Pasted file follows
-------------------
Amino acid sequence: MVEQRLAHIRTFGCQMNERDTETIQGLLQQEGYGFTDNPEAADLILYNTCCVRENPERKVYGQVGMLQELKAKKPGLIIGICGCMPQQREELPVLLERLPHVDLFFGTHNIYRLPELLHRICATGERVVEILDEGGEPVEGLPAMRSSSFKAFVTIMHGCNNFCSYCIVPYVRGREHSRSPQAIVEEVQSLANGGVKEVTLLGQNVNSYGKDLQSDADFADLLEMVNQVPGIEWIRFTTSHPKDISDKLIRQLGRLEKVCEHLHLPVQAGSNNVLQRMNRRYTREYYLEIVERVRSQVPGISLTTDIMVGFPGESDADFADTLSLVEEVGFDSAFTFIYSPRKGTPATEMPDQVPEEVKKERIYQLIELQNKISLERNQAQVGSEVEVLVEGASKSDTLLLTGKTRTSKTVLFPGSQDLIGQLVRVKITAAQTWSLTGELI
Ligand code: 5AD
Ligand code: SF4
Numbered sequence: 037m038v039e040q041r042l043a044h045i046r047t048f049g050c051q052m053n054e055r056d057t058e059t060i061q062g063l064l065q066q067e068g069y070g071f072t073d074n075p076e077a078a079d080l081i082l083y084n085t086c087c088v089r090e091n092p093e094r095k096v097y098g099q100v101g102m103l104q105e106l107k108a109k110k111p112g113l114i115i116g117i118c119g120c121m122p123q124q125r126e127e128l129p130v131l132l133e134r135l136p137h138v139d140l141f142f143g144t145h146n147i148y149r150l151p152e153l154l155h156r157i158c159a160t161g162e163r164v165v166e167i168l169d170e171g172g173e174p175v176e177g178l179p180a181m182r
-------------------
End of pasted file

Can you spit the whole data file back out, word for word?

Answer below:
Amino acid sequence: MVEQRLAHIRTFGCQMNERDTETIQGLLQQEGYGFTDNPEAADLILYNTCCVRENPERKVYGQVGMLQELKAKKPGLIIGICGCMPQQREELPVLLERLPHVDLFFGTHNIYRLPELLHRICATGERVVEILDEGGEPVEGLPAMRSSSFKAFVTIMHGCNNFCSYCIVPYVRGREHSRSPQAIVEEVQSLANGGVKEVTLLGQNVNSYGKDLQSDADFADLLEMVNQVPGIEWIRFTTSHPKDISDKLIRQLGRLEKVCEHLHLPVQAGSNNVLQRMNRRYTREYYLEIVERVRSQVPGISLTTDIMVGFPGESDADFADTLSLVEEVGFDSAFTFIYSPRKGTPATEMPDQVPEEVKKERIYQLIELQNKISLERNQAQVGSEVEVLVEGASKSDTLLLTGKTRTSKTVLFPGSQDLIGQLVRVKITAAQTWSLTGELI
Ligand code: 5AD
Ligand code: SF4
Numbered sequence: 037m038v039e040q041r042l043a044h045i046r047t048f049g050c051q052m053n054e055r056d057t058e059t060i061q062g063l064l065q066q067e068g069y070g071f072t073d074n075p076e077a078a079d080l081i082l083y084n085t086c087c088v089r090e091n092p093e094r095k096v097y098g099q100v101g102m103l104q105e106l107k108a109k110k111p112g113l114i115i116g117i118c119g120c121m122p123q124q125r126e127e128l129p130v131l132l133e134r135l136p137h138v139d140l141f142f143g144t145h146n147i148y149r150l151p152e153l154l155h156r157i158c159a160t161g162e163r164v165v166e167i168l169d170e171g172g173e174p175v176e177g178l179p180a181m182r